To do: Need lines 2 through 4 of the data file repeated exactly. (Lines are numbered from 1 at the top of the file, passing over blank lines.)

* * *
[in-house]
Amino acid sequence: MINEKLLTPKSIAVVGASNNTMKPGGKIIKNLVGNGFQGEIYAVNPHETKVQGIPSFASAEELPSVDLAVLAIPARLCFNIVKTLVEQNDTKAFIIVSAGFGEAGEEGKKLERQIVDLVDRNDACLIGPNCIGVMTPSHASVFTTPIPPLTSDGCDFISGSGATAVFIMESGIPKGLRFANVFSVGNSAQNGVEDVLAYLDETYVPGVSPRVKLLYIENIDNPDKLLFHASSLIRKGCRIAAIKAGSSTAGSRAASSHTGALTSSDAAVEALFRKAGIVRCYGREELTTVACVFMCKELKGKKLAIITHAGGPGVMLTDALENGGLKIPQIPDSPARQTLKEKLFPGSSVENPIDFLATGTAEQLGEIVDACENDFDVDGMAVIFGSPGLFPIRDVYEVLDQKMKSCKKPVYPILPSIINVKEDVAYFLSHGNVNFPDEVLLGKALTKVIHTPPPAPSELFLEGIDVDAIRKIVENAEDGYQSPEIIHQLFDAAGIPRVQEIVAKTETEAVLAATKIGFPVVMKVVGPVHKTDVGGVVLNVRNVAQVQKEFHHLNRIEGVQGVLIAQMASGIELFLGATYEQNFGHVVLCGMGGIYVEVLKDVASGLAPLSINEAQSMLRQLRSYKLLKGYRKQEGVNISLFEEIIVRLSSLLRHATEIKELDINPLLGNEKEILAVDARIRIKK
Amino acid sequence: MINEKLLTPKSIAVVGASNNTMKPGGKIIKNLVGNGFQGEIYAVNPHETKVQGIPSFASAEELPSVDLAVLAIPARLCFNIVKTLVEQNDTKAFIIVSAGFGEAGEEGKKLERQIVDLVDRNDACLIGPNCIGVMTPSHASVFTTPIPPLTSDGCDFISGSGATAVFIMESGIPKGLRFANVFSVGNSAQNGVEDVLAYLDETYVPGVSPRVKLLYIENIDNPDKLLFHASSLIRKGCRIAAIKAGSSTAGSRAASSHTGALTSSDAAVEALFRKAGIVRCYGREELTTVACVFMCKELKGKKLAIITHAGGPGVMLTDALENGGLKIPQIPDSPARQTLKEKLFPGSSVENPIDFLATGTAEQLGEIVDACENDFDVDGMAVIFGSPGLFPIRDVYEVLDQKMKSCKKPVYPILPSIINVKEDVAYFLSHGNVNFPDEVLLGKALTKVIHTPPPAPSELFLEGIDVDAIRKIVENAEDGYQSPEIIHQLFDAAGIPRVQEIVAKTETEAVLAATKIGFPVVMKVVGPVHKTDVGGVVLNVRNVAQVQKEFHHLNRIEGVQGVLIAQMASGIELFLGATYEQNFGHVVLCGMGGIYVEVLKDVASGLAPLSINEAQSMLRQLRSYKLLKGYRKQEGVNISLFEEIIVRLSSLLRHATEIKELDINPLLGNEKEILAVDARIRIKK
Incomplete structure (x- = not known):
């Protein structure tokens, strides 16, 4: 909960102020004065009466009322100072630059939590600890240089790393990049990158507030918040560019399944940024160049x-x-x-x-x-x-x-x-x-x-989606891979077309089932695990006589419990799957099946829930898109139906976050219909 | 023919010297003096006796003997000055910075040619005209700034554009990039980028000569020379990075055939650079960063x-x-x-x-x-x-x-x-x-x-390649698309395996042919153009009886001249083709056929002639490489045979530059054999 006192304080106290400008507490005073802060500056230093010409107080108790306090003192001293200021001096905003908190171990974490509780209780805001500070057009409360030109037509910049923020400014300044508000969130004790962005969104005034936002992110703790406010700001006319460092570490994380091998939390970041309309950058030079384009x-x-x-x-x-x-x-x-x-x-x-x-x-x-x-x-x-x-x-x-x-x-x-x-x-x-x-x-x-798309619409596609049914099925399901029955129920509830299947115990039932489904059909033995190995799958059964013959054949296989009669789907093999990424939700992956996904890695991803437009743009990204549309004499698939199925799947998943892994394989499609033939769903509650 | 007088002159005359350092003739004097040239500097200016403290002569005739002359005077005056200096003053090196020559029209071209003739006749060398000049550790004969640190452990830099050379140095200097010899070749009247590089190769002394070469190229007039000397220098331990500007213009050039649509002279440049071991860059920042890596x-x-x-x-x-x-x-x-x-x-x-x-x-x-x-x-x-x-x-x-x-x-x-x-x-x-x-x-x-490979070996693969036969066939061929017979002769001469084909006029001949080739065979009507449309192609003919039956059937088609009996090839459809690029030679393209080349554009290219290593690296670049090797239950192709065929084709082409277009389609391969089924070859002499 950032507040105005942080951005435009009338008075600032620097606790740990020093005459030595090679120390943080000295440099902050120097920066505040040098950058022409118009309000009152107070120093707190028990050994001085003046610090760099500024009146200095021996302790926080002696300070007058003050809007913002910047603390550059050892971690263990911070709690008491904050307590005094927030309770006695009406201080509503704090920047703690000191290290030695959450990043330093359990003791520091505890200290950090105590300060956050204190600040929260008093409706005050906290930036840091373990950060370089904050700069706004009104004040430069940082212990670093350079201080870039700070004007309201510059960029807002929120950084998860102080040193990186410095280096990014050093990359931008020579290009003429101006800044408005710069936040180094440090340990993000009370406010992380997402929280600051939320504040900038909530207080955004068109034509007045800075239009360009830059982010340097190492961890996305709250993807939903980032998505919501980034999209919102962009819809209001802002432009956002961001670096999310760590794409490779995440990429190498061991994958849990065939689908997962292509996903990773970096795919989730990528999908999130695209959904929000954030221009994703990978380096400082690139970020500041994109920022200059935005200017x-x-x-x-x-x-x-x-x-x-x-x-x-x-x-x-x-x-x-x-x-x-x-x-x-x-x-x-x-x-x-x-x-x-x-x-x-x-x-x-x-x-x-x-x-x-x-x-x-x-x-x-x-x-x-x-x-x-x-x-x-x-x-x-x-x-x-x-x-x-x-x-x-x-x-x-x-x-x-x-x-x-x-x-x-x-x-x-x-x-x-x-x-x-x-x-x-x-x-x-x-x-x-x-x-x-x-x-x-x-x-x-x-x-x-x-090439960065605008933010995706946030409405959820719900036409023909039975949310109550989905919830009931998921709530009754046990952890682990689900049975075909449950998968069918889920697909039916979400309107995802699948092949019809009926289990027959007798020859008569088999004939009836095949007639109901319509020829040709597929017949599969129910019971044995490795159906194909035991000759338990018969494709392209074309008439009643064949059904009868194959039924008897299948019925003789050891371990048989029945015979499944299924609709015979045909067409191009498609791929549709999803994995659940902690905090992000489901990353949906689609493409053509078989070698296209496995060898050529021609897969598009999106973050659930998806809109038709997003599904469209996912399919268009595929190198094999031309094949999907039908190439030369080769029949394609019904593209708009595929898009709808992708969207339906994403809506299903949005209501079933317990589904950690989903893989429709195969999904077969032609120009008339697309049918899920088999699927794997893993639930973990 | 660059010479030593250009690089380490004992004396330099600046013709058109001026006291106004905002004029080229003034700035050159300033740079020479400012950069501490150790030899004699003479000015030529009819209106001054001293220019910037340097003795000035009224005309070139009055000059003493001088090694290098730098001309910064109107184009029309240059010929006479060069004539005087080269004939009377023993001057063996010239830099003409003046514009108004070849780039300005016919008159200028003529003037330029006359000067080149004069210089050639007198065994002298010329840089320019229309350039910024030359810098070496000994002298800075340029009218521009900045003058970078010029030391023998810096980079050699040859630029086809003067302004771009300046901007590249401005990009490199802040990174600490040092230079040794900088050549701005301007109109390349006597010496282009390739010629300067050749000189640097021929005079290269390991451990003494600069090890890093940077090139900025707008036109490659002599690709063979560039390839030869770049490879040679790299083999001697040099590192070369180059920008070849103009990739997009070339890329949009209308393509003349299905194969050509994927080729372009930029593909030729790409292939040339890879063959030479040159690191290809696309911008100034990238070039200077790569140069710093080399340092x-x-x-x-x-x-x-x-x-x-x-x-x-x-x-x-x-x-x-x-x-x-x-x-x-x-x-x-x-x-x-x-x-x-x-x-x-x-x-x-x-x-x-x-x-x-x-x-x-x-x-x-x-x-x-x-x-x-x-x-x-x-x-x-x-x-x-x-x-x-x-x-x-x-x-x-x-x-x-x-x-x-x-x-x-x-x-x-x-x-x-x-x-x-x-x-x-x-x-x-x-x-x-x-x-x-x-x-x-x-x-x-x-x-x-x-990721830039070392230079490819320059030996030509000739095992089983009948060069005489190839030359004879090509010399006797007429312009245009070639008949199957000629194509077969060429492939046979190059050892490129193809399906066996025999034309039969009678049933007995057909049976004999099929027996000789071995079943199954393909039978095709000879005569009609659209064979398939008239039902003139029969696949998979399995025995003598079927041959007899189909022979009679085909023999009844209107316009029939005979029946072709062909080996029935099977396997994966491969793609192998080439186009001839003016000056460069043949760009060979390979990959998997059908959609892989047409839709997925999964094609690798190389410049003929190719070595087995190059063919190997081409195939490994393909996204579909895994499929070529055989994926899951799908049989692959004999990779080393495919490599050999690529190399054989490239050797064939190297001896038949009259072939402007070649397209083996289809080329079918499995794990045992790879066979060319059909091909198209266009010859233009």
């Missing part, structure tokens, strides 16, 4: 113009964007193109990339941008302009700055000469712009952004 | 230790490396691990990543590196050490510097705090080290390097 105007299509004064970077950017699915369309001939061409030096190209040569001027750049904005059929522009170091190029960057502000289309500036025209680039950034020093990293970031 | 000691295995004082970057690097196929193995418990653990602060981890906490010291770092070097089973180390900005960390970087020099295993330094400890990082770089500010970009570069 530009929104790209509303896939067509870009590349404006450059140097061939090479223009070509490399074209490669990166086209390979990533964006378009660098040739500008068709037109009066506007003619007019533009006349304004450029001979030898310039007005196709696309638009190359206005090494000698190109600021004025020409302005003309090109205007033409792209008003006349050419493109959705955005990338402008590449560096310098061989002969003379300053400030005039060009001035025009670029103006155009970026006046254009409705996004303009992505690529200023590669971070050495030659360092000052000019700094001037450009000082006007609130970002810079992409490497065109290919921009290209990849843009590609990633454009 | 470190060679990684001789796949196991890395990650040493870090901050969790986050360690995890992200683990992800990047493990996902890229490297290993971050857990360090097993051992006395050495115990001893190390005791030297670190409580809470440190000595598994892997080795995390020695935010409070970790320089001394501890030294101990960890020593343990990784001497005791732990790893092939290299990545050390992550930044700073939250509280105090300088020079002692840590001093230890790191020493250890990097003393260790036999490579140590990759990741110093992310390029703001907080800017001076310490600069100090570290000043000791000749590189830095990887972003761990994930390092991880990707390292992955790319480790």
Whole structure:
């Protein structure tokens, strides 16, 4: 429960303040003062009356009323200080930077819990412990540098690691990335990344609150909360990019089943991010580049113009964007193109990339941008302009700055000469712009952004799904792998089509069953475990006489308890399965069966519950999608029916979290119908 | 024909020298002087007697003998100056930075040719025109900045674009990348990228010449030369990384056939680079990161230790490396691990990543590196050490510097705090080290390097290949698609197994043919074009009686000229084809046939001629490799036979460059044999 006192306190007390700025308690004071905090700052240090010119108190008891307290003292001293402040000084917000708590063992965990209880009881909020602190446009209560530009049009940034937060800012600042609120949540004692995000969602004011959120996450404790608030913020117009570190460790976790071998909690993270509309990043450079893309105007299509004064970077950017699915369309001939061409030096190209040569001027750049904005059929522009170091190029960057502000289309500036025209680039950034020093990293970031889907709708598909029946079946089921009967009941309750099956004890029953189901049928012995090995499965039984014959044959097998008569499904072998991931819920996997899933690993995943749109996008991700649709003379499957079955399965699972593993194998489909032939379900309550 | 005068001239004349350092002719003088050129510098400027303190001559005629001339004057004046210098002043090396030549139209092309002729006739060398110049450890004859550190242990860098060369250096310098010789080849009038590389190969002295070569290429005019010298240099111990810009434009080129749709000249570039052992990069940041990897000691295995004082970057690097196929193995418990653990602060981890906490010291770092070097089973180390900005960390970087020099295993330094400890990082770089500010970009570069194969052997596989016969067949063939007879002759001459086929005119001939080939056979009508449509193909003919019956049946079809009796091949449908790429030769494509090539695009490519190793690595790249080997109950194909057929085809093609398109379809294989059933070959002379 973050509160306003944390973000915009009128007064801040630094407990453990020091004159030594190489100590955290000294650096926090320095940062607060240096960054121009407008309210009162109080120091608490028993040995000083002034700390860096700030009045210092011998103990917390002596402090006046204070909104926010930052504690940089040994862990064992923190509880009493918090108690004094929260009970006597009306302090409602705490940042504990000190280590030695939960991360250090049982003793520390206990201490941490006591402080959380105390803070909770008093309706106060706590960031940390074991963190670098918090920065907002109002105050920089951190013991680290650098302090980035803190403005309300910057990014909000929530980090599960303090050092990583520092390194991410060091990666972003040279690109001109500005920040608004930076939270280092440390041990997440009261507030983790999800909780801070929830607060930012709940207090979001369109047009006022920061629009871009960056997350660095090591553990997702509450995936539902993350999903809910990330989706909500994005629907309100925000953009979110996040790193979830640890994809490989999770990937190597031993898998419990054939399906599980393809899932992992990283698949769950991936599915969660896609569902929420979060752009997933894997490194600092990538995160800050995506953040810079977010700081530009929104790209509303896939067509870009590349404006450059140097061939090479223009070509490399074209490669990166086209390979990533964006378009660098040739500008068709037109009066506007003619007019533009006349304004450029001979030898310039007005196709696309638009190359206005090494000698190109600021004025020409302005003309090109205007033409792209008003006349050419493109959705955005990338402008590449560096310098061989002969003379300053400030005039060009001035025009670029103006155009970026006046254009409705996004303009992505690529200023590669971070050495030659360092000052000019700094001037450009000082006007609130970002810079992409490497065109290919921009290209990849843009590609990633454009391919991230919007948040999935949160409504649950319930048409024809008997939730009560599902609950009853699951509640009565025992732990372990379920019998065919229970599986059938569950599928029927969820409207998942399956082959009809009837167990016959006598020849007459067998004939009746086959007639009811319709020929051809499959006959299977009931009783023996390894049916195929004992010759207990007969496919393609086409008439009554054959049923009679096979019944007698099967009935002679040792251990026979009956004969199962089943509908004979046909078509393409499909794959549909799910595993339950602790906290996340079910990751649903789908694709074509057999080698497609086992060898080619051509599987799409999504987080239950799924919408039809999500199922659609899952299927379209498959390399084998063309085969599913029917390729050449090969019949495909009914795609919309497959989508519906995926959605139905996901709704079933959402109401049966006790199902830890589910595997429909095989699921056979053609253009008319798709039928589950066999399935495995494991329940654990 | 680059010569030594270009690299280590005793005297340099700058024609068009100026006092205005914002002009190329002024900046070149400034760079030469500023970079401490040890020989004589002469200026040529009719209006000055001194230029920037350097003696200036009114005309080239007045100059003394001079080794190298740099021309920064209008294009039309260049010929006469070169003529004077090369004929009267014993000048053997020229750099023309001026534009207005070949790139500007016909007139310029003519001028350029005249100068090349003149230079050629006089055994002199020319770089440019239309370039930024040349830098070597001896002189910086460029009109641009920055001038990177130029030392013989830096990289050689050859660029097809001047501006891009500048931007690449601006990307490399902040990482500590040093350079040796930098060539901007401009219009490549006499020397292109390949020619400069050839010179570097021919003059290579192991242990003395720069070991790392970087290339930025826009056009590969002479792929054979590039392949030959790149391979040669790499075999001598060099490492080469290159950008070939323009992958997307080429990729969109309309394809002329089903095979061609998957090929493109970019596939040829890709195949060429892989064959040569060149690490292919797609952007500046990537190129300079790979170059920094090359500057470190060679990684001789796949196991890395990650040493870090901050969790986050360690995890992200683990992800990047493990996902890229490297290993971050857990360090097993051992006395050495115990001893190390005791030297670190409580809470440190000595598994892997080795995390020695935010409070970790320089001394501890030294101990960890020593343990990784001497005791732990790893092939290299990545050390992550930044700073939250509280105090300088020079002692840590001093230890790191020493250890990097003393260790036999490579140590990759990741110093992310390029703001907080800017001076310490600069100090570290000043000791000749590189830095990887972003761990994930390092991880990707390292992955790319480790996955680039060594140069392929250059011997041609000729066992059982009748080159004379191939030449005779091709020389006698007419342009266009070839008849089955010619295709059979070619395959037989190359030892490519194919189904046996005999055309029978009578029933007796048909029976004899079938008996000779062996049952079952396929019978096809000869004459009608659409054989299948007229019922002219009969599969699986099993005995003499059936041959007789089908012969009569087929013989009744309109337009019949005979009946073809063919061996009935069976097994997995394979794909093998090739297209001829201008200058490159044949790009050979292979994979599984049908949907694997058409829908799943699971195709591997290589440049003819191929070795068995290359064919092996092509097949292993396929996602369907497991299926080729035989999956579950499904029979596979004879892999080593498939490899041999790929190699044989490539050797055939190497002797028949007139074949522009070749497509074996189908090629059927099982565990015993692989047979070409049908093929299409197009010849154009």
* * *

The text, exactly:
Amino acid sequence: MINEKLLTPKSIAVVGASNNTMKPGGKIIKNLVGNGFQGEIYAVNPHETKVQGIPSFASAEELPSVDLAVLAIPARLCFNIVKTLVEQNDTKAFIIVSAGFGEAGEEGKKLERQIVDLVDRNDACLIGPNCIGVMTPSHASVFTTPIPPLTSDGCDFISGSGATAVFIMESGIPKGLRFANVFSVGNSAQNGVEDVLAYLDETYVPGVSPRVKLLYIENIDNPDKLLFHASSLIRKGCRIAAIKAGSSTAGSRAASSHTGALTSSDAAVEALFRKAGIVRCYGREELTTVACVFMCKELKGKKLAIITHAGGPGVMLTDALENGGLKIPQIPDSPARQTLKEKLFPGSSVENPIDFLATGTAEQLGEIVDACENDFDVDGMAVIFGSPGLFPIRDVYEVLDQKMKSCKKPVYPILPSIINVKEDVAYFLSHGNVNFPDEVLLGKALTKVIHTPPPAPSELFLEGIDVDAIRKIVENAEDGYQSPEIIHQLFDAAGIPRVQEIVAKTETEAVLAATKIGFPVVMKVVGPVHKTDVGGVVLNVRNVAQVQKEFHHLNRIEGVQGVLIAQMASGIELFLGATYEQNFGHVVLCGMGGIYVEVLKDVASGLAPLSINEAQSMLRQLRSYKLLKGYRKQEGVNISLFEEIIVRLSSLLRHATEIKELDINPLLGNEKEILAVDARIRIKK
Amino acid sequence: MINEKLLTPKSIAVVGASNNTMKPGGKIIKNLVGNGFQGEIYAVNPHETKVQGIPSFASAEELPSVDLAVLAIPARLCFNIVKTLVEQNDTKAFIIVSAGFGEAGEEGKKLERQIVDLVDRNDACLIGPNCIGVMTPSHASVFTTPIPPLTSDGCDFISGSGATAVFIMESGIPKGLRFANVFSVGNSAQNGVEDVLAYLDETYVPGVSPRVKLLYIENIDNPDKLLFHASSLIRKGCRIAAIKAGSSTAGSRAASSHTGALTSSDAAVEALFRKAGIVRCYGREELTTVACVFMCKELKGKKLAIITHAGGPGVMLTDALENGGLKIPQIPDSPARQTLKEKLFPGSSVENPIDFLATGTAEQLGEIVDACENDFDVDGMAVIFGSPGLFPIRDVYEVLDQKMKSCKKPVYPILPSIINVKEDVAYFLSHGNVNFPDEVLLGKALTKVIHTPPPAPSELFLEGIDVDAIRKIVENAEDGYQSPEIIHQLFDAAGIPRVQEIVAKTETEAVLAATKIGFPVVMKVVGPVHKTDVGGVVLNVRNVAQVQKEFHHLNRIEGVQGVLIAQMASGIELFLGATYEQNFGHVVLCGMGGIYVEVLKDVASGLAPLSINEAQSMLRQLRSYKLLKGYRKQEGVNISLFEEIIVRLSSLLRHATEIKELDINPLLGNEKEILAVDARIRIKK
Incomplete structure (x- = not known):